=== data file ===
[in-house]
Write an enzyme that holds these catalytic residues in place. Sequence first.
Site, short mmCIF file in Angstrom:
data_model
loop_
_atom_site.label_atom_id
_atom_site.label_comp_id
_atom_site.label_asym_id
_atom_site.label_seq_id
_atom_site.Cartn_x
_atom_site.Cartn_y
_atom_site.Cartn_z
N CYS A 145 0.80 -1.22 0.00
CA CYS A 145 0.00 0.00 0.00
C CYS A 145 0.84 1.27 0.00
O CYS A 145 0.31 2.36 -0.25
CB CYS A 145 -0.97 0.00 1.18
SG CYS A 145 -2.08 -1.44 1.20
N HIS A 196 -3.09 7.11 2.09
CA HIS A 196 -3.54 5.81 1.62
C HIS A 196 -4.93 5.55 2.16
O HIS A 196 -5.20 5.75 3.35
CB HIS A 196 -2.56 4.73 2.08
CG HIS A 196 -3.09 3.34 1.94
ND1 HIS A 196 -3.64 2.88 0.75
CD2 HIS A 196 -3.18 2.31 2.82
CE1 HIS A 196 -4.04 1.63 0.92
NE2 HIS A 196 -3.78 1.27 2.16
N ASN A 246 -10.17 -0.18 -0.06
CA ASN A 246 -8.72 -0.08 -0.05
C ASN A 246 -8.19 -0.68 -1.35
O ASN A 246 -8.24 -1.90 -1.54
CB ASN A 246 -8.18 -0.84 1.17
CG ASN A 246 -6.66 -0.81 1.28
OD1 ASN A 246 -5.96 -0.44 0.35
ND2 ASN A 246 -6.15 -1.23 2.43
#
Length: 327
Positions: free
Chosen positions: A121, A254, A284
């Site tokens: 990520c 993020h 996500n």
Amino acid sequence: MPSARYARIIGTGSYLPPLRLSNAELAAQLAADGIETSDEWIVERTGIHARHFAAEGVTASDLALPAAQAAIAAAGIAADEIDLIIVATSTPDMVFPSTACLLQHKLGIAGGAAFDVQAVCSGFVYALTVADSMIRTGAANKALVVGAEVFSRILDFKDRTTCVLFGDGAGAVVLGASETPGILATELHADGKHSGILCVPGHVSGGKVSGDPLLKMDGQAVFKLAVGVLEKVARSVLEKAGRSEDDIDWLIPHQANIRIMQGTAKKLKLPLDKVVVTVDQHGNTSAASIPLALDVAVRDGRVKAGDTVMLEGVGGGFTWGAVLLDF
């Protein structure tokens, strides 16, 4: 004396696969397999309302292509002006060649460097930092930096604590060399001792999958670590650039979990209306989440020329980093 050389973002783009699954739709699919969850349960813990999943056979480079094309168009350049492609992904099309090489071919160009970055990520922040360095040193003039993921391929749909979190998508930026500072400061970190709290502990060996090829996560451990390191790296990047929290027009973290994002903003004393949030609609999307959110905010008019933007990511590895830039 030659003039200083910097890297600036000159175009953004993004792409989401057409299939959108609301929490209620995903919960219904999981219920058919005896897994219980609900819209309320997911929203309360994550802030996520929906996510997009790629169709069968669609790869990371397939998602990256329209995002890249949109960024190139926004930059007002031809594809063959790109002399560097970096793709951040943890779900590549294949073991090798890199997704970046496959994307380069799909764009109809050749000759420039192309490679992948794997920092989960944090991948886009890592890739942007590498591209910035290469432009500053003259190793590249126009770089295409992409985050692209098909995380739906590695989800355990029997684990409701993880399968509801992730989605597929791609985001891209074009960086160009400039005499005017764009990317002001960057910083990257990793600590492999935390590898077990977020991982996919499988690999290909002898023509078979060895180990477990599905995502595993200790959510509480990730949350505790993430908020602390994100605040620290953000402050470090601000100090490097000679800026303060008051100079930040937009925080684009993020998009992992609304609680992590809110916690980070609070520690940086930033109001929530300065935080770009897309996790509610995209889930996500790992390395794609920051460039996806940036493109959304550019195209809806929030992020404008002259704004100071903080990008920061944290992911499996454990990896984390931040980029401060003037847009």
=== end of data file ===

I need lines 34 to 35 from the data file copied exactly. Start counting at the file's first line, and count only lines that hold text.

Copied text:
CG ASN A 246 -6.66 -0.81 1.28
OD1 ASN A 246 -5.96 -0.44 0.35